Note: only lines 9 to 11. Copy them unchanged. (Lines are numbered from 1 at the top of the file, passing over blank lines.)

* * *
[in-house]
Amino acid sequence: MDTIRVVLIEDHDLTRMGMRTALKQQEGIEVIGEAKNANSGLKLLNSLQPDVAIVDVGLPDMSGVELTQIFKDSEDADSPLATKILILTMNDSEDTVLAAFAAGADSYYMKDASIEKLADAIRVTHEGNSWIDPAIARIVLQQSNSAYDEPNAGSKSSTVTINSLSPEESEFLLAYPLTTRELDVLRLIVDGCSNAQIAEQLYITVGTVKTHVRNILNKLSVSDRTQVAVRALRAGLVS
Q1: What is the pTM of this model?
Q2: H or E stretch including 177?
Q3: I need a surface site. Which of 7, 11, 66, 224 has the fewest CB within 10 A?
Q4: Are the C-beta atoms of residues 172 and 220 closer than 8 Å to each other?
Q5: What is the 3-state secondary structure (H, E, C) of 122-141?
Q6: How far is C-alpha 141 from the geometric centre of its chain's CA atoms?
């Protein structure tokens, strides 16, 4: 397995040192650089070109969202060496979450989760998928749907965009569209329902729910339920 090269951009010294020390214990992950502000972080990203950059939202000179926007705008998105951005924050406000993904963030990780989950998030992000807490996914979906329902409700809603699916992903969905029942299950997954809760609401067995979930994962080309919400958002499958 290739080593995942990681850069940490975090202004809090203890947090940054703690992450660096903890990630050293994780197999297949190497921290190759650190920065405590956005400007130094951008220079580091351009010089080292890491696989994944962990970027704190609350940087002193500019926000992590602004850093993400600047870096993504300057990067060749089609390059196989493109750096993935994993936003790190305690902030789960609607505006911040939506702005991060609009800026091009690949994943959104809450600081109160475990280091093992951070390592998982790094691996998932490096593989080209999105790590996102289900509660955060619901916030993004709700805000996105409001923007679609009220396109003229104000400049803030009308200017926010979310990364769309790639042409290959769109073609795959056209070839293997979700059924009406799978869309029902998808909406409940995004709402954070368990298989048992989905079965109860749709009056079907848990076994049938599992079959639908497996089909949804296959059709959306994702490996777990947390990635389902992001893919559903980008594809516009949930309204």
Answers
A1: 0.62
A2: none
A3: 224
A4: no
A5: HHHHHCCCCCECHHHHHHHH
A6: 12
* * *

């Protein structure tokens, strides 16, 4: 397995040192650089070109969202060496979450989760998928749907965009569209329902729910339920 090269951009010294020390214990992950502000972080990203950059939202000179926007705008998105951005924050406000993904963030990780989950998030992000807490996914979906329902409700809603699916992903969905029942299950997954809760609401067995979930994962080309919400958002499958 290739080593995942990681850069940490975090202004809090203890947090940054703690992450660096903890990630050293994780197999297949190497921290190759650190920065405590956005400007130094951008220079580091351009010089080292890491696989994944962990970027704190609350940087002193500019926000992590602004850093993400600047870096993504300057990067060749089609390059196989493109750096993935994993936003790190305690902030789960609607505006911040939506702005991060609009800026091009690949994943959104809450600081109160475990280091093992951070390592998982790094691996998932490096593989080209999105790590996102289900509660955060619901916030993004709700805000996105409001923007679609009220396109003229104000400049803030009308200017926010979310990364769309790639042409290959769109073609795959056209070839293997979700059924009406799978869309029902998808909406409940995004709402954070368990298989048992989905079965109860749709009056079907848990076994049938599992079959639908497996089909949804296959059709959306994702490996777990947390990635389902992001893919559903980008594809516009949930309204």
Answers
A1: 0.62